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Illustration: Sarah Grillo/Axios

More than 70% of Democrats say politics is making them increasingly angry about America, leaving them feeling like “strangers in their own land,” according to an "Axios on HBO" poll conducted by SurveyMonkey.  

Why it matters: Democrats say nearly everything they watch, read or listen to triggers their anger, even the soothing voices of NPR. 

The big picture: Americans, as a whole, are just plain mad and feeling like strangers in their own land, though a lower percentage of Republicans describe themselves as angry (57% compared to 74% of Democrats) or feeling like a stranger (52% compared to 71% of Democrats).

  • Other people are getting angrier too: 58% report their friends, family and co-workers seem angrier than five years ago.

Between the lines: Those who talk about politics the most are also the angriest.

  • 83% of Americans who discuss politics several times a day report feeling angry at least once a day over something they heard or read in the news.
  • That falls to 56% among those who discuss it once a week, and 39% for those who discuss it about once a month.

The bottom line: The Republican anger that animated the Trump rise and presidency gets most of the media attention.

  • Turns out, this is the bipartisan era of rage and estrangement, fueled by rising interest in American politics. 

Go deeper ... Poll: 70% of Americans believe the political system is rigged

Methodology: The data is from a SurveyMonkey online poll conducted among adults ages 18 and older in the United States. The survey was conducted Oct. 17–20 among 2,811 adults. The modeled error estimate for the full sample is ±2.5 percentage points.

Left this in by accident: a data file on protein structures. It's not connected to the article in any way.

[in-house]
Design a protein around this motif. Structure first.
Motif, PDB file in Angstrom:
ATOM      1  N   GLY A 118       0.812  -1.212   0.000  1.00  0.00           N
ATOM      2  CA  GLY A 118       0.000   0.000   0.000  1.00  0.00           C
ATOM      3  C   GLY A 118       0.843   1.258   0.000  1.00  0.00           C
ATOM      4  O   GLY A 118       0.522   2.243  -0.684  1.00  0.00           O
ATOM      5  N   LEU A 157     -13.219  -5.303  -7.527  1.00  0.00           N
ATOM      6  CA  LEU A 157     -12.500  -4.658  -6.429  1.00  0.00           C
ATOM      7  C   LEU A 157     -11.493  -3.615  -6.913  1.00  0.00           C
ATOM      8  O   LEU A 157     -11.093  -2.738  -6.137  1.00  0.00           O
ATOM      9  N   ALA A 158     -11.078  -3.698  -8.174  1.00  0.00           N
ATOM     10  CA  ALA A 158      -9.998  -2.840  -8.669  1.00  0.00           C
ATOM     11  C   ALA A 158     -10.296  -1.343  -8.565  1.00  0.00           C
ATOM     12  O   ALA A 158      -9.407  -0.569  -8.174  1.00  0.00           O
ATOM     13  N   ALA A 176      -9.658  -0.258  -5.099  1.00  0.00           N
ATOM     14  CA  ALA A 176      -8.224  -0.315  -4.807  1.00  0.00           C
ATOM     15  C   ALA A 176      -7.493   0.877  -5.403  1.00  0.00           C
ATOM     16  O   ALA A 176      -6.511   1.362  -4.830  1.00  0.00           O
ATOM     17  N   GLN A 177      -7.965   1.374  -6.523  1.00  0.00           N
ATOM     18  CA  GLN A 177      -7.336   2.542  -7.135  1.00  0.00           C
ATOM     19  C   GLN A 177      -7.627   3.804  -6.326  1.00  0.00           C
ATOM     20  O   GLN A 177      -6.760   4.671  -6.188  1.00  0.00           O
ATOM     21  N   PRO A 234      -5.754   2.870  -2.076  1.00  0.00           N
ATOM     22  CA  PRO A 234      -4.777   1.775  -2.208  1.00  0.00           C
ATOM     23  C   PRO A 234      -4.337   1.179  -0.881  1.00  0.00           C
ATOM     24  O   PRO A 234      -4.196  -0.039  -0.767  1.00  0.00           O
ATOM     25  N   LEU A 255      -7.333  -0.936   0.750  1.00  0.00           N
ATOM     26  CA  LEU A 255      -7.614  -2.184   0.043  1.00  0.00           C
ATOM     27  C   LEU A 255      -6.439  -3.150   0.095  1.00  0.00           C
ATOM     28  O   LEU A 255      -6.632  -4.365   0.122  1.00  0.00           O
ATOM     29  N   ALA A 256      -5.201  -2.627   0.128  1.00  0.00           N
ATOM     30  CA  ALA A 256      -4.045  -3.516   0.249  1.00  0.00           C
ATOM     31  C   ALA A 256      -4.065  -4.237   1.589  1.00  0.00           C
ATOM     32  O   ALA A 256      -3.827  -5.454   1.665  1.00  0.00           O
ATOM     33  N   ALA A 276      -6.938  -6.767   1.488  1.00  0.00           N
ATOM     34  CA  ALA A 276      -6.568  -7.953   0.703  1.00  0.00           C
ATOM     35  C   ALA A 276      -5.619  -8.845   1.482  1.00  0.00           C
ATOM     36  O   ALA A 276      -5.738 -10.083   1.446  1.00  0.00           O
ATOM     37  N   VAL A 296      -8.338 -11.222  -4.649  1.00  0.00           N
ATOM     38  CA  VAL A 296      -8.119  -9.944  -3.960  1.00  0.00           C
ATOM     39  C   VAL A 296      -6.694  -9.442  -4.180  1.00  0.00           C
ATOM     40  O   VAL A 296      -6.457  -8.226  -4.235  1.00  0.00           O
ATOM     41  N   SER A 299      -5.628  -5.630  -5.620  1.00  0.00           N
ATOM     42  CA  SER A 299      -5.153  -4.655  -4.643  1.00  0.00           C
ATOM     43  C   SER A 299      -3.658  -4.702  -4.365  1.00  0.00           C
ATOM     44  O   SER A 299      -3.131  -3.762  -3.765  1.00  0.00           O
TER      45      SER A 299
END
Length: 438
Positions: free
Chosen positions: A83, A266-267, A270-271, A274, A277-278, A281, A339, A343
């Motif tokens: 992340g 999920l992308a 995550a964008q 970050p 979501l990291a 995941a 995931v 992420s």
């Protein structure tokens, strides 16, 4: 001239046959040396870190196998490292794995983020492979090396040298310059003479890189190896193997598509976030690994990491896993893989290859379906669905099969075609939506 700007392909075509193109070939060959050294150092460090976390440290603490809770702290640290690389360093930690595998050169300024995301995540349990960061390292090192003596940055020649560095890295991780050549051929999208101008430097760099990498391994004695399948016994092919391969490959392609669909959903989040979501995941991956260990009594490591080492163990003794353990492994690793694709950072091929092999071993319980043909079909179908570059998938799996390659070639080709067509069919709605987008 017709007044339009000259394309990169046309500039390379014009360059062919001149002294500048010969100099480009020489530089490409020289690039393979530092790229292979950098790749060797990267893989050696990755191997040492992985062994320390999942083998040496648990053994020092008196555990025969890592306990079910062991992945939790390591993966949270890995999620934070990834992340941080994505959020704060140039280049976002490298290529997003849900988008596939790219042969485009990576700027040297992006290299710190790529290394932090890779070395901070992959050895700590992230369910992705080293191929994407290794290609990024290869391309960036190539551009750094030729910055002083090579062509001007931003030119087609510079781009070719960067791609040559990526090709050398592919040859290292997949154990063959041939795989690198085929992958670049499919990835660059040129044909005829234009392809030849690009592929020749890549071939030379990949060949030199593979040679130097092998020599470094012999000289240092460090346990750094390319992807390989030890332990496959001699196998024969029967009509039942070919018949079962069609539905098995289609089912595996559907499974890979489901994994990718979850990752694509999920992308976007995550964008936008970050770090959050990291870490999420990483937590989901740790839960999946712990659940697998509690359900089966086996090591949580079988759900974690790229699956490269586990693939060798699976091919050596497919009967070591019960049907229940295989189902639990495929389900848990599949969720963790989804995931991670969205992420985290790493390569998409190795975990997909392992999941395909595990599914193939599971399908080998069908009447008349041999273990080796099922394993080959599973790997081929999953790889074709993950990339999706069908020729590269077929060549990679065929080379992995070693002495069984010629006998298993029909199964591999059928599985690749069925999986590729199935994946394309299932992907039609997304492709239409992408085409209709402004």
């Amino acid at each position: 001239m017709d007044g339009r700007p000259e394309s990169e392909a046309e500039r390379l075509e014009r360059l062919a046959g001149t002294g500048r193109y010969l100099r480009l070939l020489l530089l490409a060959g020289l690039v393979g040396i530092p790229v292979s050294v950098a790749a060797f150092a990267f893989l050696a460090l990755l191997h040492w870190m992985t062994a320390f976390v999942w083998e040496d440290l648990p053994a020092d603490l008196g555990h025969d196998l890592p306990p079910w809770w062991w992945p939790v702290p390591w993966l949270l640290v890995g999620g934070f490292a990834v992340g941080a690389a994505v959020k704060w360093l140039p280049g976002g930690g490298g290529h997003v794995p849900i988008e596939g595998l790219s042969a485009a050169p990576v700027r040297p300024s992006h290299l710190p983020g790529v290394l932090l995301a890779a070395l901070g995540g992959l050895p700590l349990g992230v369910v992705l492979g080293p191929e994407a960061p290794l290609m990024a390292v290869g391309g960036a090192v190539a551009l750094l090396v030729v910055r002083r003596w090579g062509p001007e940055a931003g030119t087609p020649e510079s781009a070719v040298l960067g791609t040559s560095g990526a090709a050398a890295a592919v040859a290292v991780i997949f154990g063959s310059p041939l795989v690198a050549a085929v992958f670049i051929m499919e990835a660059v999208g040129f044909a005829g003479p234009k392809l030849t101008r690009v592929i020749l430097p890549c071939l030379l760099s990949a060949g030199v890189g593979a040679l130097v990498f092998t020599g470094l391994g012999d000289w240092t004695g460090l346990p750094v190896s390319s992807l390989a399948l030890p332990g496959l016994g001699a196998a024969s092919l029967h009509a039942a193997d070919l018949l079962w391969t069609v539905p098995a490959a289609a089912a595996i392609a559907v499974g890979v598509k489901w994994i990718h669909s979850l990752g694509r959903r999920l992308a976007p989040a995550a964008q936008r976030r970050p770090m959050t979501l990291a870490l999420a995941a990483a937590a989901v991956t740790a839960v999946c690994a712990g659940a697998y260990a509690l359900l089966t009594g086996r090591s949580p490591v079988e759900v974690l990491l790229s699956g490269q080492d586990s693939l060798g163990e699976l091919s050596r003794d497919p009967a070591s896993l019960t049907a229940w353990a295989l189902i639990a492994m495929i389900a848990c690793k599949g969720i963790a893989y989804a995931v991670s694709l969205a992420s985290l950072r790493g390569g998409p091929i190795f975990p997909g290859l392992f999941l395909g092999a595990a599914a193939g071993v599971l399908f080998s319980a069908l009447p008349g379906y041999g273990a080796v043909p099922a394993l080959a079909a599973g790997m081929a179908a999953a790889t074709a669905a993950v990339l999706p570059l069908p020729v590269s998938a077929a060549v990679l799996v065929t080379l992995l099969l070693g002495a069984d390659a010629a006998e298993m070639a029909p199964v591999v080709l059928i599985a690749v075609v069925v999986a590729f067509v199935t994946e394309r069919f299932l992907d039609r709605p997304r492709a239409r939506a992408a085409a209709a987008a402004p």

Go deeper

Scoop: Biden eyes Russia adviser criticized as soft on Kremlin

Photo: Alexander Shcherbak\TASS via Getty Images

President Biden is considering appointing Matthew Rojansky, head of the Wilson Center's Kennan Institute, as Russia director on the National Security Council, according to a source familiar with the situation.

Why it matters: Rojansky has been praised for his scholarship on Russia and is frequently cited in U.S. media for his expert commentary. But his work has drawn criticism — including in a 2018 open letter from Ukrainian alumni of Kennan that blasted the think tank he runs as an "unwitting tool of Russia’s political interference."

Updated 3 hours ago - Politics & Policy

Coronavirus dashboard

Illustration: Annelise Capossela/Axios

  1. Health: Coronavirus cases hold steady at 65,000 per day — CDC declares racism "a serious public health threat" — WHO official: Brazil is dealing with "raging inferno" of a COVID outbreak.
  2. Vaccines: America may be close to hitting a vaccine wall — Pfizer asks FDA to expand COVID vaccine authorization to adolescents — CDC says Johnson & Johnson vaccine supply will drop 80% next week.
  3. Economy: Treasury says over 156 million stimulus payments sent out since March — More government spending expected as IMF projects 6% global GDP growth.
  4. Politics: Supreme Court ends California's coronavirus restrictions on home religious meetings.
  5. World: Iran tightens COVID restrictions amid fourth wave of pandemic.
  6. Variant tracker: Where different strains are spreading.

Maryland lawmakers override Hogan vetoes of police accountability legislation

Marion Gray Hopkins with Coalition of Concerned Mothers speaks during a rally promoting police reform on March 4 in Annapolis, Maryland. Photo: Bonnie Jo Mount/The Washington Post via Getty Images

Maryland's Democratic-controlled legislature on Saturday voted to override Republican Gov. Larry Hogan's vetoes of police accountability legislation.

Why it matters: Maryland is the first state to repeal its Law Enforcement Officers Bill of Rights, the Washington Post notes.